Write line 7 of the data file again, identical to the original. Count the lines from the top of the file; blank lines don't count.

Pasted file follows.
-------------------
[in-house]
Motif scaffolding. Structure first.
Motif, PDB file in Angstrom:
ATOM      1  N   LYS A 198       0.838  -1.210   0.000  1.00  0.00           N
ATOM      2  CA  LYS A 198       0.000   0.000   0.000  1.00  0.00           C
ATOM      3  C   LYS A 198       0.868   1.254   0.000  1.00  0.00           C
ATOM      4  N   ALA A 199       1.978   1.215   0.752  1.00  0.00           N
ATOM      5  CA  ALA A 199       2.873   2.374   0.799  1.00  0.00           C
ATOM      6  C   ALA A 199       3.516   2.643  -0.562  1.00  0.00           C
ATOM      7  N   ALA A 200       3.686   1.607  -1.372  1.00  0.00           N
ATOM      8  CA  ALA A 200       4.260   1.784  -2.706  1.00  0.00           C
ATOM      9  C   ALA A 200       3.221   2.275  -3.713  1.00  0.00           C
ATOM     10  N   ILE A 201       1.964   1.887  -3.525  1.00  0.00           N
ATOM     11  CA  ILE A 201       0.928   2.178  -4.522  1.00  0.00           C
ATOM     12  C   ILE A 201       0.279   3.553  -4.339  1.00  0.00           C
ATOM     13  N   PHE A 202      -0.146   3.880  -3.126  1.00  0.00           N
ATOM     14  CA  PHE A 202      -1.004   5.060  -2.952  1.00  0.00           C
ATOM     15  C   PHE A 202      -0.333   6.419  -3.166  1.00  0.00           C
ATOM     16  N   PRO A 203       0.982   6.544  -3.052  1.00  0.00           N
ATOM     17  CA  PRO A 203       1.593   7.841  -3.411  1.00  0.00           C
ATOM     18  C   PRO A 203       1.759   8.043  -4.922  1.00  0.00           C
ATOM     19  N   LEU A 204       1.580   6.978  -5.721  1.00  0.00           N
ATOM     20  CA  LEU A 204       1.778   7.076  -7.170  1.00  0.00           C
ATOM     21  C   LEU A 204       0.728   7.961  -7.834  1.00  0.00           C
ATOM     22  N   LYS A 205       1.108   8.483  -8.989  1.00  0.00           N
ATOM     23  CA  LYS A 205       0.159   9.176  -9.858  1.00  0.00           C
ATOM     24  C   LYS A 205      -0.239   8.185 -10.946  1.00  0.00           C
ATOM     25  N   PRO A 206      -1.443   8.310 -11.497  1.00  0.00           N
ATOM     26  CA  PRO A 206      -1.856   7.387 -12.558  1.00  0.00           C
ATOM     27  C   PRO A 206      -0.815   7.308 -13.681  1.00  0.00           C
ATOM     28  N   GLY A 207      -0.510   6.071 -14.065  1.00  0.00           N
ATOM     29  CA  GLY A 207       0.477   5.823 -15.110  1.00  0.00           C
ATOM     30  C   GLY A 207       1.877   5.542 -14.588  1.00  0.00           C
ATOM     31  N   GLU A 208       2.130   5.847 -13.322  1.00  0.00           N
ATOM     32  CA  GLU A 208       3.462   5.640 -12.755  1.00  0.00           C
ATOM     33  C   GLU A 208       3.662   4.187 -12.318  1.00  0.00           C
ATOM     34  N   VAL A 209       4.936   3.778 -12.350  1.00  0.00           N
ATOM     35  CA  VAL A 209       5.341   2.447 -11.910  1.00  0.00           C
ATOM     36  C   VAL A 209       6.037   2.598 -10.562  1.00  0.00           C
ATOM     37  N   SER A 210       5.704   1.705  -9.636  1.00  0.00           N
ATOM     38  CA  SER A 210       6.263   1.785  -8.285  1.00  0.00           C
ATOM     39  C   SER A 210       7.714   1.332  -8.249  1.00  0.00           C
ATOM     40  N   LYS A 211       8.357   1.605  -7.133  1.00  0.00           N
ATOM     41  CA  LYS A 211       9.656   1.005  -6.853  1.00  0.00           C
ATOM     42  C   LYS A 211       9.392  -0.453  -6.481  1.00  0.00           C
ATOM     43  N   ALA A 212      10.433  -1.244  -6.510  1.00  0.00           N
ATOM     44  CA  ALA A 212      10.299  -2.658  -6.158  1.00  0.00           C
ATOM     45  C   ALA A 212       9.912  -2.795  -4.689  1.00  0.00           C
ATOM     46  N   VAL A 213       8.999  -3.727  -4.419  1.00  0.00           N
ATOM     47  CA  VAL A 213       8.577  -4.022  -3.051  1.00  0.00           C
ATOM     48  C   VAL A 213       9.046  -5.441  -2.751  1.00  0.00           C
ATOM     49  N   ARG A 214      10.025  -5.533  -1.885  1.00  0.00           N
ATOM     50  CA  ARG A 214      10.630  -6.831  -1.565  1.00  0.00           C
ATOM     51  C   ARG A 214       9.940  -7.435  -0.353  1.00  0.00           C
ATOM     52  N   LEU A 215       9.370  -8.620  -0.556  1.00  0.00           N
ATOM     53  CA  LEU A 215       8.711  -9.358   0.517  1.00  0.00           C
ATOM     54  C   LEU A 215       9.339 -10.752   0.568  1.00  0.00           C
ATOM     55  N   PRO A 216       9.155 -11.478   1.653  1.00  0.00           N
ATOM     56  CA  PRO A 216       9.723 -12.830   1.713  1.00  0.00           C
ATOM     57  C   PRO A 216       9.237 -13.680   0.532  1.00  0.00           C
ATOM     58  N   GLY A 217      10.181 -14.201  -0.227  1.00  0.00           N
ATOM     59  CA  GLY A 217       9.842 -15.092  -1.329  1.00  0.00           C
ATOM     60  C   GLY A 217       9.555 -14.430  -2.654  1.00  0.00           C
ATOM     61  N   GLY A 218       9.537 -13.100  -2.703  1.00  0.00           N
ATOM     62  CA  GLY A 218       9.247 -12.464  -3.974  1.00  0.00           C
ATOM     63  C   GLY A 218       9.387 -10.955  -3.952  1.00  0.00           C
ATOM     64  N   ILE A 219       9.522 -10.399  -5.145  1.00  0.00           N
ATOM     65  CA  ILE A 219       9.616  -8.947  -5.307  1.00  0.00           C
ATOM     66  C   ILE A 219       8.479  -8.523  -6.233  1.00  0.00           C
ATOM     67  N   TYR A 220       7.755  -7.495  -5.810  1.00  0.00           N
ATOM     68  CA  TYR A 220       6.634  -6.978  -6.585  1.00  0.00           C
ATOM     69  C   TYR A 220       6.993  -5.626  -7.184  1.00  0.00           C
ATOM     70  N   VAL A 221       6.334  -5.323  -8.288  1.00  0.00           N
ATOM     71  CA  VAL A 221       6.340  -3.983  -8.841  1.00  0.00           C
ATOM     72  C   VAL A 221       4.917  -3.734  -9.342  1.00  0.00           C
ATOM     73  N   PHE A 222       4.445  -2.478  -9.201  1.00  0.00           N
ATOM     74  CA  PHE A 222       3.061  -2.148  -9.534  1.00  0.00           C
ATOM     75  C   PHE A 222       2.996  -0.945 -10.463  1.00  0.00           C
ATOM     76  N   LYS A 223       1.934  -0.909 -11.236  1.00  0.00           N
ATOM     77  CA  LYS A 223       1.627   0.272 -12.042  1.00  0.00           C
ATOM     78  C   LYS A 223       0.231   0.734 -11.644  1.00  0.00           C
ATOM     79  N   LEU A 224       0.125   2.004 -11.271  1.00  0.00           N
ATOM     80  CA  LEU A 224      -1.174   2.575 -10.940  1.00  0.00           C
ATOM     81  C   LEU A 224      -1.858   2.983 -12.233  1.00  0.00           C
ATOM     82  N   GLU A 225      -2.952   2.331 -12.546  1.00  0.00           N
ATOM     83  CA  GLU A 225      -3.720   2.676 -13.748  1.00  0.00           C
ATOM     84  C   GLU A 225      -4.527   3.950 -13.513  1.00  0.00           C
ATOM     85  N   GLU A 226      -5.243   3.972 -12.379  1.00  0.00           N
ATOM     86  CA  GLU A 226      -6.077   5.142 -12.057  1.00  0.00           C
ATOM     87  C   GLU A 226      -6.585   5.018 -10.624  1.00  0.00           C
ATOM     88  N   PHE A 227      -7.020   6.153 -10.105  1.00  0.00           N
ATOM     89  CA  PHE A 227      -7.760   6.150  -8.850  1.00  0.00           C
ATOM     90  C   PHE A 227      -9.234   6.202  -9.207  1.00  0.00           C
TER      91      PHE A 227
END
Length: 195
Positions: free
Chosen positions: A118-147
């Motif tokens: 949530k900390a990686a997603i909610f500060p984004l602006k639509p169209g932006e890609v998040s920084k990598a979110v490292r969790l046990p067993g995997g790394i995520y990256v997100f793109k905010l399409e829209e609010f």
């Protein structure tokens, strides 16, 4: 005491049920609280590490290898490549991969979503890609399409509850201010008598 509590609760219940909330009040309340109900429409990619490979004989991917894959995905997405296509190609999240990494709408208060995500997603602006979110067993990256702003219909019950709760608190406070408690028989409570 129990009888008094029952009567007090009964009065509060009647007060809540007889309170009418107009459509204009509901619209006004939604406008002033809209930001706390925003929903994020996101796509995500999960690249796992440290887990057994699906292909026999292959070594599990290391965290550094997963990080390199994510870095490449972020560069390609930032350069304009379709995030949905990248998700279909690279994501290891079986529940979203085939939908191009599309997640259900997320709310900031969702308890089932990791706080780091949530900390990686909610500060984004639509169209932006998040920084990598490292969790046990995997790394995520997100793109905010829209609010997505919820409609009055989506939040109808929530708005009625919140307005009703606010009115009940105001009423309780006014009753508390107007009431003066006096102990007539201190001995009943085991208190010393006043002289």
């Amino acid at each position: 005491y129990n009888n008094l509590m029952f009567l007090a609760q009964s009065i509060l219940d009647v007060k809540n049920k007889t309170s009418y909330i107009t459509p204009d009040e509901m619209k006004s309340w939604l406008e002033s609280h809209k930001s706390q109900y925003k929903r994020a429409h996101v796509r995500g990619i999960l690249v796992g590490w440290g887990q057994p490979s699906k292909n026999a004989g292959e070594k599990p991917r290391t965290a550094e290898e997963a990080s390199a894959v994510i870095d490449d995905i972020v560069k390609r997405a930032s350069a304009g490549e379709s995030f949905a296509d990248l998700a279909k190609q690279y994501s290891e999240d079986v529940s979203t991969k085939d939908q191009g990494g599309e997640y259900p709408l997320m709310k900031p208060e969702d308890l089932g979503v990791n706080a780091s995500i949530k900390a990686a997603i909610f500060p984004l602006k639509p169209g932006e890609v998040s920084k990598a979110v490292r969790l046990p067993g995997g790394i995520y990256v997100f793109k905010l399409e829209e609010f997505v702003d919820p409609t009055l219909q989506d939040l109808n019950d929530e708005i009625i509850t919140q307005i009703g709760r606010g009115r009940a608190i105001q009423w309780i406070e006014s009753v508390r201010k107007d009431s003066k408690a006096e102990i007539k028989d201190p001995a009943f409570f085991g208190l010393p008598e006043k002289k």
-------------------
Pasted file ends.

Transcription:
ATOM      4  N   ALA A 199       1.978   1.215   0.752  1.00  0.00           N